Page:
*For the most part. E.g., the Absorbing Man, Seidring, the Enchanters, and who knows how many others have been dealt with summarily. Odin has also taken an entire race and created a living prison for them in the form of Mangog (which admittedly didn't work out so well, did it)--and how about handing his own son over to the tender mercies of Mephisto? Loki would certainly be at the top of the roster of those who have been thus dealt with; we first met him while his essence was trapped in a tree, for Pete's sake.

Thor, however, chooses to discharge the Odin-force directly, against a foe who reacts like a virtual vampire in terms of withstanding the power of gods. Will that withering force push Desak to his limit? Or will it pave the way to disaster?

It's undeniably Thor's darkest hour--with no last minute reprieve from Desak likely, given that mercy was a concept he flatly rejected and abandoned in his new life of purging from the universe those who attained the status of gods. However, Thor's struggle with Desak has been monitored by the Enchantress, who aspires to be Thor's queen--and, all too aware of the danger to her beloved from Desak, who has steadily gained a reputation over the years that has reached the halls of Asgard, she quickly summoned Thor's advisor and friend, the swift Thialfi, as the battle began to go against Thor--entrusting him to bring a unique weapon to Thor's side. And in this critical moment, he completes his errand, with not a second to spare.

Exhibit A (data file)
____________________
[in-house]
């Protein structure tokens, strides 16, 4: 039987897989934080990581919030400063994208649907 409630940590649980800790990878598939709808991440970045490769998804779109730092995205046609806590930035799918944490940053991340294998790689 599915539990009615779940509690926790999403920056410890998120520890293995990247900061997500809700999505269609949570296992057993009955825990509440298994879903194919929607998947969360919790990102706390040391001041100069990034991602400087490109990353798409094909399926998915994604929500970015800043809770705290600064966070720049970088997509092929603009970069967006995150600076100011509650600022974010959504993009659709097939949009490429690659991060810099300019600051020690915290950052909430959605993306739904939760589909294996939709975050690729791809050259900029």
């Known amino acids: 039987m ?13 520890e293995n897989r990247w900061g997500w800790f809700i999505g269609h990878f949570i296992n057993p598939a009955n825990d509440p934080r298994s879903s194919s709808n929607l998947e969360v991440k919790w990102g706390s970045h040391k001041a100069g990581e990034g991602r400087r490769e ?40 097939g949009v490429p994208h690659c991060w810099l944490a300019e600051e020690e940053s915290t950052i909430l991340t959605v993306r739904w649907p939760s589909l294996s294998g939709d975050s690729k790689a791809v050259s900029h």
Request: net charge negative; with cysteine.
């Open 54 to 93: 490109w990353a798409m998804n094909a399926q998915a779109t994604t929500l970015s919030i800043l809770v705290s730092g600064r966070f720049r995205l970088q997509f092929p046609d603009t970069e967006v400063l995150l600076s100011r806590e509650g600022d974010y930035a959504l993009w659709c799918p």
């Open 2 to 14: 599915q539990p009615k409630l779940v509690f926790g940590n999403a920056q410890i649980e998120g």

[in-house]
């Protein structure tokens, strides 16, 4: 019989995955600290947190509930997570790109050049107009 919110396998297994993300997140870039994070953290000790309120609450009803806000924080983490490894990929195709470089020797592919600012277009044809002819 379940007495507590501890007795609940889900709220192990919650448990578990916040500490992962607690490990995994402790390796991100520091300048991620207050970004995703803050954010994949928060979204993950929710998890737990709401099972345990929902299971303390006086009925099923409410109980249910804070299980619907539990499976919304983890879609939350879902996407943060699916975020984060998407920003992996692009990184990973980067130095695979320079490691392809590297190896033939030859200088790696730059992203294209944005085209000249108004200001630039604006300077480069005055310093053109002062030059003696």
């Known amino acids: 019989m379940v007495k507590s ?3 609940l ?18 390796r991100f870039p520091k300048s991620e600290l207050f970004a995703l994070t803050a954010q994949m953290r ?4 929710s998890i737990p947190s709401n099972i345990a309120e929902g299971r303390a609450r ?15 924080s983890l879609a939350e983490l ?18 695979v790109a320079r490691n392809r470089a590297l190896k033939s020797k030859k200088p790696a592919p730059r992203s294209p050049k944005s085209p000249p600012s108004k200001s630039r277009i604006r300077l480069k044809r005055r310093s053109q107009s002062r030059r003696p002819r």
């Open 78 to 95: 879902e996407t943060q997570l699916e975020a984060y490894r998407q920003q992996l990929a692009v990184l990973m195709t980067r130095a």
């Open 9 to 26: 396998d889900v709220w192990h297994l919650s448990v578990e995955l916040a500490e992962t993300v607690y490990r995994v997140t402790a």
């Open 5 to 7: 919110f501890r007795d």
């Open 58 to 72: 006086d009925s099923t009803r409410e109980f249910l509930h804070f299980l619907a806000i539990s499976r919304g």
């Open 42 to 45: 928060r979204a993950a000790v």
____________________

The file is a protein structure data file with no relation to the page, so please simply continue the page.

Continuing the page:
Why the enchanted Bloodaxe of the Executioner would fare better against Desak as a fatal weapon than the enchanted hammer of Thor isn't really clear. The only clue we have has to do with the nature of its curse, which turned its wielder into a bloodthirsty killer--a curse that at one time consumed Eric Masterson in his identity as Thunderstrike. One of the Wiki pages calls the axe capable of "divine slaying," a wisp of an explanation which will have to suffice.